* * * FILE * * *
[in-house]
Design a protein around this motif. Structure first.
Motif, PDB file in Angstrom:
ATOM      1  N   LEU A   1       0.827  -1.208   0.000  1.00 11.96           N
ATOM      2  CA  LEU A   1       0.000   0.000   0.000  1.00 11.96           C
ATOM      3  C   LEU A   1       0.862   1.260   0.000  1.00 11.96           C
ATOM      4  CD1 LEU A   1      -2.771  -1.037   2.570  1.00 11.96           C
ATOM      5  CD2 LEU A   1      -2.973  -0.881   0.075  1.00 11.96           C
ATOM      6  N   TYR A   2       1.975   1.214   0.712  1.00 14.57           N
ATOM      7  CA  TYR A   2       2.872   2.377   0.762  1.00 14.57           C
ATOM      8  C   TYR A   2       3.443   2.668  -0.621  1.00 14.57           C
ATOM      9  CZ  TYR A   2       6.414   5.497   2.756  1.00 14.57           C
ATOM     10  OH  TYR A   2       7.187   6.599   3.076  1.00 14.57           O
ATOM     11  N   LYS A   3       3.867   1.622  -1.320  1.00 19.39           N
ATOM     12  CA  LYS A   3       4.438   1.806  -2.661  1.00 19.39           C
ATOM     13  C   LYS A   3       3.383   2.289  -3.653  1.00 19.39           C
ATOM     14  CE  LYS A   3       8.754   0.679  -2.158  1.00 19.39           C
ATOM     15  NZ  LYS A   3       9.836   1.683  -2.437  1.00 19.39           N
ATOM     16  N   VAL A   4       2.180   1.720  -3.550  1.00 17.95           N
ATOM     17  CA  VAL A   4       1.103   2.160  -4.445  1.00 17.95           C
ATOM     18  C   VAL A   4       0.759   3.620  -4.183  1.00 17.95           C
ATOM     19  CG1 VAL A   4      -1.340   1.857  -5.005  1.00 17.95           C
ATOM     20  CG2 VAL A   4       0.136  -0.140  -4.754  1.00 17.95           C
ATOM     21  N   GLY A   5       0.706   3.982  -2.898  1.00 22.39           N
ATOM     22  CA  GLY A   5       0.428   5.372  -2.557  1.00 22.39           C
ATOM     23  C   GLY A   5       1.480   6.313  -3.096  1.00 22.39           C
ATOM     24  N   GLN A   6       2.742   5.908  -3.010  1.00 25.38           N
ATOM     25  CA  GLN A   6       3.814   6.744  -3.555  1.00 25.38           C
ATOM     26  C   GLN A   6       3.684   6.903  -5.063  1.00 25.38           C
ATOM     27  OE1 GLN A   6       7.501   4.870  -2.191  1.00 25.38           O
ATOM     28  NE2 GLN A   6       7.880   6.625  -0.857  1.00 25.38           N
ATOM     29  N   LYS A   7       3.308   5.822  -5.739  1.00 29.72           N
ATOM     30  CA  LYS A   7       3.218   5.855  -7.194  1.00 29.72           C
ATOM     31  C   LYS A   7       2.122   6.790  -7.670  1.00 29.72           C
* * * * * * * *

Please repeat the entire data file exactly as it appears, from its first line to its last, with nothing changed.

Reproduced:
[in-house]
Design a protein around this motif. Structure first.
Motif, PDB file in Angstrom:
ATOM      1  N   LEU A   1       0.827  -1.208   0.000  1.00 11.96           N
ATOM      2  CA  LEU A   1       0.000   0.000   0.000  1.00 11.96           C
ATOM      3  C   LEU A   1       0.862   1.260   0.000  1.00 11.96           C
ATOM      4  CD1 LEU A   1      -2.771  -1.037   2.570  1.00 11.96           C
ATOM      5  CD2 LEU A   1      -2.973  -0.881   0.075  1.00 11.96           C
ATOM      6  N   TYR A   2       1.975   1.214   0.712  1.00 14.57           N
ATOM      7  CA  TYR A   2       2.872   2.377   0.762  1.00 14.57           C
ATOM      8  C   TYR A   2       3.443   2.668  -0.621  1.00 14.57           C
ATOM      9  CZ  TYR A   2       6.414   5.497   2.756  1.00 14.57           C
ATOM     10  OH  TYR A   2       7.187   6.599   3.076  1.00 14.57           O
ATOM     11  N   LYS A   3       3.867   1.622  -1.320  1.00 19.39           N
ATOM     12  CA  LYS A   3       4.438   1.806  -2.661  1.00 19.39           C
ATOM     13  C   LYS A   3       3.383   2.289  -3.653  1.00 19.39           C
ATOM     14  CE  LYS A   3       8.754   0.679  -2.158  1.00 19.39           C
ATOM     15  NZ  LYS A   3       9.836   1.683  -2.437  1.00 19.39           N
ATOM     16  N   VAL A   4       2.180   1.720  -3.550  1.00 17.95           N
ATOM     17  CA  VAL A   4       1.103   2.160  -4.445  1.00 17.95           C
ATOM     18  C   VAL A   4       0.759   3.620  -4.183  1.00 17.95           C
ATOM     19  CG1 VAL A   4      -1.340   1.857  -5.005  1.00 17.95           C
ATOM     20  CG2 VAL A   4       0.136  -0.140  -4.754  1.00 17.95           C
ATOM     21  N   GLY A   5       0.706   3.982  -2.898  1.00 22.39           N
ATOM     22  CA  GLY A   5       0.428   5.372  -2.557  1.00 22.39           C
ATOM     23  C   GLY A   5       1.480   6.313  -3.096  1.00 22.39           C
ATOM     24  N   GLN A   6       2.742   5.908  -3.010  1.00 25.38           N
ATOM     25  CA  GLN A   6       3.814   6.744  -3.555  1.00 25.38           C
ATOM     26  C   GLN A   6       3.684   6.903  -5.063  1.00 25.38           C
ATOM     27  OE1 GLN A   6       7.501   4.870  -2.191  1.00 25.38           O
ATOM     28  NE2 GLN A   6       7.880   6.625  -0.857  1.00 25.38           N
ATOM     29  N   LYS A   7       3.308   5.822  -5.739  1.00 29.72           N
ATOM     30  CA  LYS A   7       3.218   5.855  -7.194  1.00 29.72           C
ATOM     31  C   LYS A   7       2.122   6.790  -7.670  1.00 29.72           C